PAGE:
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ERIC Number: EJ991900
Record Type: Journal
Publication Date: 2012-Jul
Pages: 22
Abstractor: As Provided
Reference Count: 38
ISBN: N/A
ISSN: ISSN-0886-2605
Opinions about Child Corporal Punishment and Influencing Factors
Bell, Tessa; Romano, Elisa
Journal of Interpersonal Violence, v27 n11 p2208-2229 Jul 2012
The use of corporal punishment has been linked to negative developmental outcomes for children. Despite this finding, Section 43 of the Canadian Criminal Code permits the use of corporal punishment by parents for children 2 to 12 years of age. Therefore, this study's first objective is to investigate opinions toward Section 43 and spanking more generally. The second objective is to investigate predictors of opinions toward Section 43 and spanking more generally. The sample consists of 818 nonparents (70.7% female, 29.0% male) who completed an online study. Results indicate that 38.6% were favorable toward upholding Section 43. However, this decreases to 25.8% when a condition is included, stating that parents would not be prosecuted for mild slaps or spankings. For attitudes toward spanking more generally, results reveal that 16.7% of the participants held favorable attitudes. Hierarchical regression analyses reveal that planning to use corporal punishment upon becoming a parent predicted having a more favorable attitude toward Section 43 as well as toward spanking more generally (after controlling for sociodemographics). In contrast, having experienced violence during one's childhood predicts having less favorable attitudes toward Section 43 and spanking more generally. Significant interactions are found between childhood experiences of corporal punishment and perceptions of parental warmth/support and impulsiveness during discipline in predicting attitudes toward spanking. Those who report experiencing more corporal punishment during childhood but also more parental warmth/support hold more favorable attitudes toward spanking and those who report experiencing more corporal punishment during childhood and also more parental impulsiveness hold less favorable attitudes toward spanking. Findings indicate that examining opinions toward Section 43 and spanking separately is important because these concepts are not synonymous. In addition, both more immediate factors and those related to one's developmental history play a role in predicting opinions toward Section 43 and spanking more generally. (Contains 2 tables and 2 figures.)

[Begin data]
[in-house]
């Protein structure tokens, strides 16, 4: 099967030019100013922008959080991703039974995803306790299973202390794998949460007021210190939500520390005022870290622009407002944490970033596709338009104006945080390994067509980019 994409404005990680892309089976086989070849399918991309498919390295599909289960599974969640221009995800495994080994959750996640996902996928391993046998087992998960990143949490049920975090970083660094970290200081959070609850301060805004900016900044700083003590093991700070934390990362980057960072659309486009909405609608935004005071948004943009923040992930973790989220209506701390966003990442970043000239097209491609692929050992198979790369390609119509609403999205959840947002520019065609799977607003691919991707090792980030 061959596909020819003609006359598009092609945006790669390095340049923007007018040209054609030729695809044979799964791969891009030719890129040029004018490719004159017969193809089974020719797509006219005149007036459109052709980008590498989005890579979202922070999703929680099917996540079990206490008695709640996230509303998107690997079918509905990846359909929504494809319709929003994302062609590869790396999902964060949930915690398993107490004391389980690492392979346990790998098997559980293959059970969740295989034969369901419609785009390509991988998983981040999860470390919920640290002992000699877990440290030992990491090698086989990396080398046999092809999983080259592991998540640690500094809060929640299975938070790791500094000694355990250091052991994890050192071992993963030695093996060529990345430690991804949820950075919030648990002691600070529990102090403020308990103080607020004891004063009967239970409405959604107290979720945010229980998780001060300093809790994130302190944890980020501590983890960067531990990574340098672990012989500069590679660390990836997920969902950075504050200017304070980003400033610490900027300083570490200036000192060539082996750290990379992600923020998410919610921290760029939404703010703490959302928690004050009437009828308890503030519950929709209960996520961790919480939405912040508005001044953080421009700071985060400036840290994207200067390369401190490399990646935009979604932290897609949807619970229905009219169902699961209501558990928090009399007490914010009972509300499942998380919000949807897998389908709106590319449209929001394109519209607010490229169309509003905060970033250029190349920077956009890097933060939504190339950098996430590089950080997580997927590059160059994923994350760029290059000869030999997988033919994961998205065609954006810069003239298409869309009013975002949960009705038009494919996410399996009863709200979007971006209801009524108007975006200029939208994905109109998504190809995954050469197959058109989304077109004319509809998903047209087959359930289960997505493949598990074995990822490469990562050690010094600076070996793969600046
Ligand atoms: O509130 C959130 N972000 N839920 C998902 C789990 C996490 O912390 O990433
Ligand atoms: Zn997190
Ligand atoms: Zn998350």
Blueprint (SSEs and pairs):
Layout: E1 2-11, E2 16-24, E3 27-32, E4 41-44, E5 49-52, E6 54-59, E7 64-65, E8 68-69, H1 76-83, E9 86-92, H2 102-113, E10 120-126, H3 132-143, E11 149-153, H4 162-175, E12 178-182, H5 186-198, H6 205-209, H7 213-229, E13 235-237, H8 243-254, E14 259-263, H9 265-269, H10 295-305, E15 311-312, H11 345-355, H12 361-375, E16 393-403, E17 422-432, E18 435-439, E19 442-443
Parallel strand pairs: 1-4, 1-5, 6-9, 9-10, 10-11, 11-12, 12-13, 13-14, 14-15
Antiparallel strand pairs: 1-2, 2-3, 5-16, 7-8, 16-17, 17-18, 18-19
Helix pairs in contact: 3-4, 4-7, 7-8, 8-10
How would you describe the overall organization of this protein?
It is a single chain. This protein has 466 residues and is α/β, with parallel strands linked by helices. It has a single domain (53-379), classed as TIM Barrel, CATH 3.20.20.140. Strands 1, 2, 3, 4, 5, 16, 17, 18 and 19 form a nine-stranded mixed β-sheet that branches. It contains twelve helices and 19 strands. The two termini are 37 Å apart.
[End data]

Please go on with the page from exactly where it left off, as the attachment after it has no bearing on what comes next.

SAGE Publications. 2455 Teller Road, Thousand Oaks, CA 91320. Tel: 800-818-7243; Tel: 805-499-9774; Fax: 800-583-2665; e-mail: journals@sagepub.com; Web site: http://sagepub.com
Publication Type: Journal Articles; Reports - Research
Education Level: N/A
Audience: N/A
Language: English
Sponsor: N/A
Authoring Institution: N/A
Identifiers - Location: Canada